Battery Anderson, Virginia
March 26th 1865
As I have time to write a little, I will give it to you for I know that you wish for some of my spare time. Co. K of our regiment has met with a disaster. It appears that our pickets had been called in so that the Johnny’s could desert to our lines and there was no watch kept so they took advantage of the chance to come in force and they took part of Co. K and their battery and took some of them off to see Richmond. They took all of the little batteries that our company had charge of last summer but they paid dear for their folly for it was not over two hours before the Old Ninth Corps drove them back taking twenty-five hundred of them and killing about five hundred more. ¹
General Grant says that they done that to cover a more important movement for he says that they are leaving our front and trying to run away. He has ordered both of these armies to be ready to follow them up at a minute’s notice. I hope that the Johnny’s will leave so that we could take Richmond for the sooner we get that place, the better. But I fear it won’t stop the war at present. But I know that the order to be ready to move will stop any furloughs.
There is no other news to write of for everything goes on smoothly and all you can hear now is the war is a going to end this summer, but I for one don’t believe it. Let me know what the folks thinks about it in Voluntown.
I hope, my pet, that you are well for it is impossible for me to get home. If I could only get there, I would give anything. An application is in for a furlough for me for fifteen days but I am sure of not getting it and if I should get it, I could stay at home only seven days for it takes eight days to go and return. And what is worse that all, I have no money to get there with and I should have to stop a day in Washington to get transportation so that would leave me only six days at home. I wish that I may get it but I don’t believe that I shall and if you get well soon, I don’t want one for I had rather wait until I am needed more.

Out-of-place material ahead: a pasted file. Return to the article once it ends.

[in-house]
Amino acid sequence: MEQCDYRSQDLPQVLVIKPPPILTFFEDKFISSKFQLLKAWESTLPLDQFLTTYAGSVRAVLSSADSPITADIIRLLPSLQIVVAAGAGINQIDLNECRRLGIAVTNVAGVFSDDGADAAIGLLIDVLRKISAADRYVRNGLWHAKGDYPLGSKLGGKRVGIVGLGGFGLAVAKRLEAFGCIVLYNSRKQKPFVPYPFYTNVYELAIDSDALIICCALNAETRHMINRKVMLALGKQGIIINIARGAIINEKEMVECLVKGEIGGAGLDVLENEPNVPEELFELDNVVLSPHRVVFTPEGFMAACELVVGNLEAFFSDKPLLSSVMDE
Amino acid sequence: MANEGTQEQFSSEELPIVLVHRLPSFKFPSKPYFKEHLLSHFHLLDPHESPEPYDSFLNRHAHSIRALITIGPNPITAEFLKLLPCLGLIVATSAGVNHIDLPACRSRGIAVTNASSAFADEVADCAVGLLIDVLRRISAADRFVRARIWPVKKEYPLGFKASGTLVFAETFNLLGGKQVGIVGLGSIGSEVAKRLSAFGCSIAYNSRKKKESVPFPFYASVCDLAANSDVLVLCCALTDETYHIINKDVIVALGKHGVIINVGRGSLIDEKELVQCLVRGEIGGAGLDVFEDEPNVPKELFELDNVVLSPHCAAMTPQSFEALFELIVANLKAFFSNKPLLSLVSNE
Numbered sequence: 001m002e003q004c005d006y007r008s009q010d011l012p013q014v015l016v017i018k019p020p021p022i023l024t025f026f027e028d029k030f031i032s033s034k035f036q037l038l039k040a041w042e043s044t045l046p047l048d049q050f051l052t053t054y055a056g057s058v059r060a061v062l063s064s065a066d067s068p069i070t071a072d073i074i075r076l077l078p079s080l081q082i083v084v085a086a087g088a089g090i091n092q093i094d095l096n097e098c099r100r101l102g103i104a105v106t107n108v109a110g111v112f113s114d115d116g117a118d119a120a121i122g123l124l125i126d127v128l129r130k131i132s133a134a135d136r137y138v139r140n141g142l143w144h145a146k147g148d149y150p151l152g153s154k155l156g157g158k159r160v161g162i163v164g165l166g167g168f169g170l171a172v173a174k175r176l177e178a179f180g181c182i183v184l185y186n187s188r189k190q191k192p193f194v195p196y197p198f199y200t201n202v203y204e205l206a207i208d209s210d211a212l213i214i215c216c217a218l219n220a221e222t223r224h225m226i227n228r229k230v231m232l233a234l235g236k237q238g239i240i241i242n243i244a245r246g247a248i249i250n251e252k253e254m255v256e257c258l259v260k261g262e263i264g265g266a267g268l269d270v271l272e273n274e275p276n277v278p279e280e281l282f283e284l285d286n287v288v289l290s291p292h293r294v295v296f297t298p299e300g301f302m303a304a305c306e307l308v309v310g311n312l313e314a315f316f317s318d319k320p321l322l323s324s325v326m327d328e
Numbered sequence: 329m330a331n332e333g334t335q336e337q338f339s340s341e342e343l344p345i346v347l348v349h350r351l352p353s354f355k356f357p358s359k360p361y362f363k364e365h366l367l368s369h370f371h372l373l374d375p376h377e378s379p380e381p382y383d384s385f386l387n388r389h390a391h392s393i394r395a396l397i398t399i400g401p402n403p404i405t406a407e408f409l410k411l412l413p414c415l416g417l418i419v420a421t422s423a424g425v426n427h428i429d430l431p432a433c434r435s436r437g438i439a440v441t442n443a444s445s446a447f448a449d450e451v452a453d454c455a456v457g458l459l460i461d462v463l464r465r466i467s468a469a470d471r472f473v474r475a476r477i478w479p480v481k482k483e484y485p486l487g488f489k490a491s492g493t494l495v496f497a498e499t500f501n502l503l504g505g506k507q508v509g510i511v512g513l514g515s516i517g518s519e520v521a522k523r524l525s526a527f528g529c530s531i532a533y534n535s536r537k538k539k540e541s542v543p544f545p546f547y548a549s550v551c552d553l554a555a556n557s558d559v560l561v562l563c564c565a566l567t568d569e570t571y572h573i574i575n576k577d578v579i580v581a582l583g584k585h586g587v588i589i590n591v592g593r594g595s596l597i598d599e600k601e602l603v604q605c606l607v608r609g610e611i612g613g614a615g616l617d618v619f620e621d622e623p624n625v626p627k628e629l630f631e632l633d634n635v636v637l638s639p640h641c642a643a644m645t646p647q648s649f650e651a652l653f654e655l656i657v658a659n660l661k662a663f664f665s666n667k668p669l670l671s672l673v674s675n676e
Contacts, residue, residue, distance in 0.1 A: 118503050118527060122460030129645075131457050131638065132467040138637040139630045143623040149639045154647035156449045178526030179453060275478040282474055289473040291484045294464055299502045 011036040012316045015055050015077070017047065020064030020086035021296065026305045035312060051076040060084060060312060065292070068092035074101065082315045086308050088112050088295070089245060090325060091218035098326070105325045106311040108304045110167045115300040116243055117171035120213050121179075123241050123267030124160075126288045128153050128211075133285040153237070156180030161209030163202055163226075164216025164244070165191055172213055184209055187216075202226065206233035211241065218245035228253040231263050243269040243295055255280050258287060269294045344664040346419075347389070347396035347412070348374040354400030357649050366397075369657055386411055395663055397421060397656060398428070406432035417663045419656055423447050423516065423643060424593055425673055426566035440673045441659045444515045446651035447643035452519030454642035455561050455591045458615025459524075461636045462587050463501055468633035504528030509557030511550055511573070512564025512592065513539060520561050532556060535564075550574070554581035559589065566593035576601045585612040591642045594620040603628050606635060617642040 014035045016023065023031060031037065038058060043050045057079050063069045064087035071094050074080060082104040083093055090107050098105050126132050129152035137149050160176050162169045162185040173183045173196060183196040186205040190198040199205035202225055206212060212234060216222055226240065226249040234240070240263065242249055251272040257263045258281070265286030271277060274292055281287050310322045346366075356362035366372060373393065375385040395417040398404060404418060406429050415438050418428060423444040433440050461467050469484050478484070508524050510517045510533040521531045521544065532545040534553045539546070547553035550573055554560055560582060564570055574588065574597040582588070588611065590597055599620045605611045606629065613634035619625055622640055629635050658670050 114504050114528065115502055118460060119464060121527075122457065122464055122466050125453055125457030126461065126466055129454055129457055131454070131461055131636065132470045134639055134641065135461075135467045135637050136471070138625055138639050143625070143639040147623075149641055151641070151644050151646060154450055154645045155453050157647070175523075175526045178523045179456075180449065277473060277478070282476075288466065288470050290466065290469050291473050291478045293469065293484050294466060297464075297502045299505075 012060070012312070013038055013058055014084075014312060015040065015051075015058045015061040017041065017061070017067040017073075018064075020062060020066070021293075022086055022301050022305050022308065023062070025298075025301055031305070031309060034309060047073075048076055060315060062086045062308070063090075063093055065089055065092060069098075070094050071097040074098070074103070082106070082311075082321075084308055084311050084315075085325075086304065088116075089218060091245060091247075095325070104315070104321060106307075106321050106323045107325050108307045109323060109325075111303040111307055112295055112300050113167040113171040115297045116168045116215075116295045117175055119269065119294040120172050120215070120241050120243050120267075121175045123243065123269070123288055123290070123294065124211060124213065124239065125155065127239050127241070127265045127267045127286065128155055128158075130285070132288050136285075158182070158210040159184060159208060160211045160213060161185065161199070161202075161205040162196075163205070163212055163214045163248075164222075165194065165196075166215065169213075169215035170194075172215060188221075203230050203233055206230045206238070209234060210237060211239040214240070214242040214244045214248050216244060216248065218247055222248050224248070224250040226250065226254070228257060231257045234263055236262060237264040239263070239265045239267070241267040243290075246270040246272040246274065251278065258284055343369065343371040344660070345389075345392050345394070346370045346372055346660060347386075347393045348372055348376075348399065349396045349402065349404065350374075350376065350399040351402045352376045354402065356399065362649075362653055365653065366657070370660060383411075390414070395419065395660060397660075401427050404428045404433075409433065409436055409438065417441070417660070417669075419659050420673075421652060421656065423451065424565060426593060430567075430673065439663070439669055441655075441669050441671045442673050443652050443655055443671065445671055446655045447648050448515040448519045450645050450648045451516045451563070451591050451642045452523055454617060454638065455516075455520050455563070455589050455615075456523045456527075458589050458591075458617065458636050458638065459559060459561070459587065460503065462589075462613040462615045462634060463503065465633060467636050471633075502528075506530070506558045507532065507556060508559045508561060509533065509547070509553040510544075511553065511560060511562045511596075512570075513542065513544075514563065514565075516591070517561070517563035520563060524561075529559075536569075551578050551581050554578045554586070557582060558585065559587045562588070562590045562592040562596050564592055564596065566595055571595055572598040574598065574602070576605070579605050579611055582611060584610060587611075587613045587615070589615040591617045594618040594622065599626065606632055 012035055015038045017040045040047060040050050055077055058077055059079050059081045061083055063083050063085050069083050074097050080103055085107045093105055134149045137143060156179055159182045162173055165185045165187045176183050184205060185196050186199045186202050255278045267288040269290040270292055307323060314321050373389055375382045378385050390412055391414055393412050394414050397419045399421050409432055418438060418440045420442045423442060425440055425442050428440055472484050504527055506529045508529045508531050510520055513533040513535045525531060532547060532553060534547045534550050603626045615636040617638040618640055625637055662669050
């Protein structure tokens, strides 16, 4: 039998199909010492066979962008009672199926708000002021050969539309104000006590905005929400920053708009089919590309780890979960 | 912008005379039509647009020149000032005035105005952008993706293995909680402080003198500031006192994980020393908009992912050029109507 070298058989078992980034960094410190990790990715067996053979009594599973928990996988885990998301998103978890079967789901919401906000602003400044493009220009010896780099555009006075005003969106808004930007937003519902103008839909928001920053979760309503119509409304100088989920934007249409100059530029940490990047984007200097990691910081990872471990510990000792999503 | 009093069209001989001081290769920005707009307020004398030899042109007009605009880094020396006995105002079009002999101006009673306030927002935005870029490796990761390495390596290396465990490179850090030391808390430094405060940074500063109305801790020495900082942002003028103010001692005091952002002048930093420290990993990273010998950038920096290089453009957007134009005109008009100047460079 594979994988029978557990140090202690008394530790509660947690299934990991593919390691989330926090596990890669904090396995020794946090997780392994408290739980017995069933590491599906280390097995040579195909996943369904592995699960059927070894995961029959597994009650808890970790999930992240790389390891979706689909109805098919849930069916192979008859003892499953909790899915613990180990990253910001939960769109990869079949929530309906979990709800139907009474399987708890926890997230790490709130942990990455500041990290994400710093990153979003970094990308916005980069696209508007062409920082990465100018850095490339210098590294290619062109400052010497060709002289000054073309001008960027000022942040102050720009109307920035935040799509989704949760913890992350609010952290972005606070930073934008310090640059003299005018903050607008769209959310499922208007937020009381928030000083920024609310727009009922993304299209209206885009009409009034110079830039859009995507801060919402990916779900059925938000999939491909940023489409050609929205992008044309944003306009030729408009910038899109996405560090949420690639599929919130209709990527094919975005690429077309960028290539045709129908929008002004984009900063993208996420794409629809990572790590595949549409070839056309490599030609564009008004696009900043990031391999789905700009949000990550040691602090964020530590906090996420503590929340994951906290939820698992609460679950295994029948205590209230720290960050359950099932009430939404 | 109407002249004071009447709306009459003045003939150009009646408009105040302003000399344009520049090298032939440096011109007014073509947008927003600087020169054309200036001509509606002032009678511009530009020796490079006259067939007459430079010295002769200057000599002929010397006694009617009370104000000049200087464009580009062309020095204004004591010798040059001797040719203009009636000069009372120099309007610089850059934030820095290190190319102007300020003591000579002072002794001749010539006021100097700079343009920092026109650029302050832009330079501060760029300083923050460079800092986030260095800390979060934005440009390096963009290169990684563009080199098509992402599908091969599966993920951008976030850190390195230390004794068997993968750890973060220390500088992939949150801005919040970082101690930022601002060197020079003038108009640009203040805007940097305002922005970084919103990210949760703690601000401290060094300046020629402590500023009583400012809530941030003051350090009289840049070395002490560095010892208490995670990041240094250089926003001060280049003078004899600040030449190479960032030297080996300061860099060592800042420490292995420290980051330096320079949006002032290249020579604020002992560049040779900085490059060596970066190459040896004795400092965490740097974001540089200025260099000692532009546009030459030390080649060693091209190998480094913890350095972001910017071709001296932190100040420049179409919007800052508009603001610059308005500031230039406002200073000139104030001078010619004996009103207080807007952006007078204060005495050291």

I think that I shall hear from my pet tonight when the mail comes in and for that reason I will stop now and wait until it comes. — Chester A. Chapman
P. S. If you have not sent that box, don’t forget to send that tobacco that I spoke of. — C. A. C.
Morning of 27 March—There was no letter for me last night so I will send this without writing more. Ever yours, — Chet to Mat
¹ The Rebel attack was made by three thousand men led by Gen. Gordon. He returned to his lines with less than one thousand but succeeded in taking about 700 Union prisoners, 36 of whom were members of the 1st Connecticut Heavy Artillery. The prisoners were held in Petersburg where they were vulnerable to artillery fire by the Union gunners.